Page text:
The Motivational Blues: Pt. 2

At long last, here is Part 2 of the post about common causes of feeling unmotivated when in the middle of tackling a learning project. (Part 1 is here.) And just like before, I will suggest to you some solutions to these common problems. So, if you didn’t recognize yourself or your problems anywhere in the list of that previous post, maybe today you will find out something helpful. Are you are currently feeling so blah in your project because:

You have lost perspective.

If you are absolutely sick at the sight of the books/DVDs/PC you are working with and learning with, perhaps it is because you have forgotten why you wanted to do this in the first place. If so, it’s time to talk to yourself again:

Why are you learning this subject? What did you originally hope to do with it? Do you still have an interest in or a need for this body of knowledge or set of skills?

Spend three minutes going over the answers to those questions. If your original reasons do still matter to you, then set the timer and begin studying once again. However, you might find that your old reasons are totally irrelevant now. Here is an official permission statement: Feel free to abandon the projects that do not deeply matter to you. Then, begin on one that does matter to you, and keep yourself going strong.

Perhaps you are studying for the wrong reasons. Did someone else tell you to, strongly encourage you, or strong-arm you into this endeavor? Usually, extrinsic motivation like that does not work for long, or work well. Choose projects YOU want to do, and always keep in mind why you want to do them.

You aren’t using appropriate material that works for you.

Do you know a lot about yourself? Do you know how you learn, what makes remembering things easier for you, and what you are naturally adept at?

For example, if you are an extravert who can’t sit still for two minutes together, you’ll need to respect that fact in your projects. Find what methods and materials work with your learning style and level of expertise.  Don’t expect to sit down with a book and a piece of paper for three hours of uninterrupted work every morning if you are naturally sociable, in motion, and aware of everything that’s going on around you.

Always work with your temperament and natural style, not against them. Fit your projects to your personality.

You are frustrated because it is taking too long. 

As they always say (rightly), patience is a virtue. Maybe you are simply looking for humungous gains in your improvement much too quickly. Realistically, it will take months to years to really get good at something. “There are no shortcuts,” as one of my favorite educational writers (and school teacher) Rafe Esquith, reminds his students.  If you can be more patient with yourself, you’ll enjoy the whole journey and your explorations while you are making them.

One trick I have to use on myself is making milestones for measurement. If you are improperly measuring your progress or the size of your project, it is easy to feel like you will never, EVER make it! Solution: Establish mini-goals during your project, and ways to test yourself. (More on this below.)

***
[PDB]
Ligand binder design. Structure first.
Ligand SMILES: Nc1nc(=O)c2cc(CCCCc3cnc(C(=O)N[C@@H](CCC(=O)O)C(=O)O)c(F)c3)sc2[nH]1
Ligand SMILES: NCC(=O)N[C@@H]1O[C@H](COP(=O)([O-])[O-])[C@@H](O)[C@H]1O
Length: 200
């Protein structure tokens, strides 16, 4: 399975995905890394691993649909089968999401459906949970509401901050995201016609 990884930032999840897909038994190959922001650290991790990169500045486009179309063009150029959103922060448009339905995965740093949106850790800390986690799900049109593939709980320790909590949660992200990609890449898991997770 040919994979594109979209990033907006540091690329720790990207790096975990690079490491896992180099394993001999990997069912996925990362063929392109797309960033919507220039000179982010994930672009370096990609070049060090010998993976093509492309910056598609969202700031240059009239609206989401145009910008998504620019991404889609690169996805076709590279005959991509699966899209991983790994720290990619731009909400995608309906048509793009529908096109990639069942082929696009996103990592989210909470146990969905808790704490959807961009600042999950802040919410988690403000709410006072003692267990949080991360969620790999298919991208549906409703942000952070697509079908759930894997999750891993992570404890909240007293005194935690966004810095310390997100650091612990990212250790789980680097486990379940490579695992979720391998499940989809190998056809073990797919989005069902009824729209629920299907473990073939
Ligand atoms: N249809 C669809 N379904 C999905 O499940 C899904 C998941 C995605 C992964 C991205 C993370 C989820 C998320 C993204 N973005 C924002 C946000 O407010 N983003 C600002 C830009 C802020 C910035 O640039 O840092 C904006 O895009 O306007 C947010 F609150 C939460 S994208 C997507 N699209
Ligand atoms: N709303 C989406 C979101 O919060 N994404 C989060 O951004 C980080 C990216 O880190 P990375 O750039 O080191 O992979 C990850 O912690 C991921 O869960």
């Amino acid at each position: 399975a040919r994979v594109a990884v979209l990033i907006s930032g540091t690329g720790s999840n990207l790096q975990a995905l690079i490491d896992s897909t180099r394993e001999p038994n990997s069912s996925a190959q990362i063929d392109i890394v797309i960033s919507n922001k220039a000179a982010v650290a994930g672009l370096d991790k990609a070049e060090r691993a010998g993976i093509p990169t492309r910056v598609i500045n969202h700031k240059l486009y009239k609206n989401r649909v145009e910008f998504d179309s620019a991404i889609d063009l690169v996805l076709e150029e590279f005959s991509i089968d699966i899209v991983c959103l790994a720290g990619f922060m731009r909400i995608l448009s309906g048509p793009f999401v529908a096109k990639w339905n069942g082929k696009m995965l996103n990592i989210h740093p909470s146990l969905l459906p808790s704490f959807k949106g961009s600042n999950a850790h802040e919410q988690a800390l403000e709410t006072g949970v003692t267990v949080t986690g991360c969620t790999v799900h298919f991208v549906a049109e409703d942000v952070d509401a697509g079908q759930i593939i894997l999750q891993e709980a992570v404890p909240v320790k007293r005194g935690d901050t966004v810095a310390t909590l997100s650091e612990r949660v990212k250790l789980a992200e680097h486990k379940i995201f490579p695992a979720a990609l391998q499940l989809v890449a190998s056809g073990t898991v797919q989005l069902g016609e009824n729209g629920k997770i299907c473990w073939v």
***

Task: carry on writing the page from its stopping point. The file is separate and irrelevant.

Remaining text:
I have also learned that suffering of this kind can be alleviated by accomplishing some immediate application. Find a way to use your knowledge/skill now in a small way. Send someone a photo of your half-completed project. Translate the Spanish instructions on the back of your dishwasher detergent. Write up a short article explaining everything you have learned about your topic up to now and why it is important. Find a quick way to show what you know, and document your progress. Step by step, you will achieve your goals–and each step is valuable.

You are just completely floundering and feel helpless.

Consider if for all this effort you are making to learn, what you really need is a mentor/guide/helper. Find one. Sign up for a class, hire a tutor, or enroll in a program. Sometimes we just aren’t able to do it alone, and that is okay. With your enthusiasm, willingness to learn, and hard work, you will be someone’s dream student. Mentoring will benefit both of you.

On a smaller scale, perhaps what you need is simply an accountability partner or outside structure. You need someone besides yourself to observe and measure your progress. Again, sign up for class, or perhaps you can call a bossy friend. Always remember, work with yourself, not against yourself, or in spite of yourself. You can do this! There is always a way.

You feel you don’t have a sense of accomplishment/closure.

If you can never tell if you’re done, or when you will be done, with a learning project, this is probably because your evaluation methods/measures are faulty. Maybe they don’t exist. For each project we do, we need to measure progress within it properly. Of course, some projects are easier to do this with than others. Often, books have objectives and end-of-unit reviews built in. And if you’re learning to build a model plane, for example, you can mentally gauge what percentage you are through a project, ultimately knowing that when all the pieces are glued together, it’s done.

Based on your current project, create your own milestones that make sense for you: celebrate every finished chapter, mark down every completed 25%, commemorate every newly-developed skill—and look forward to achieving each of these milestones throughout your project.

 *   *   *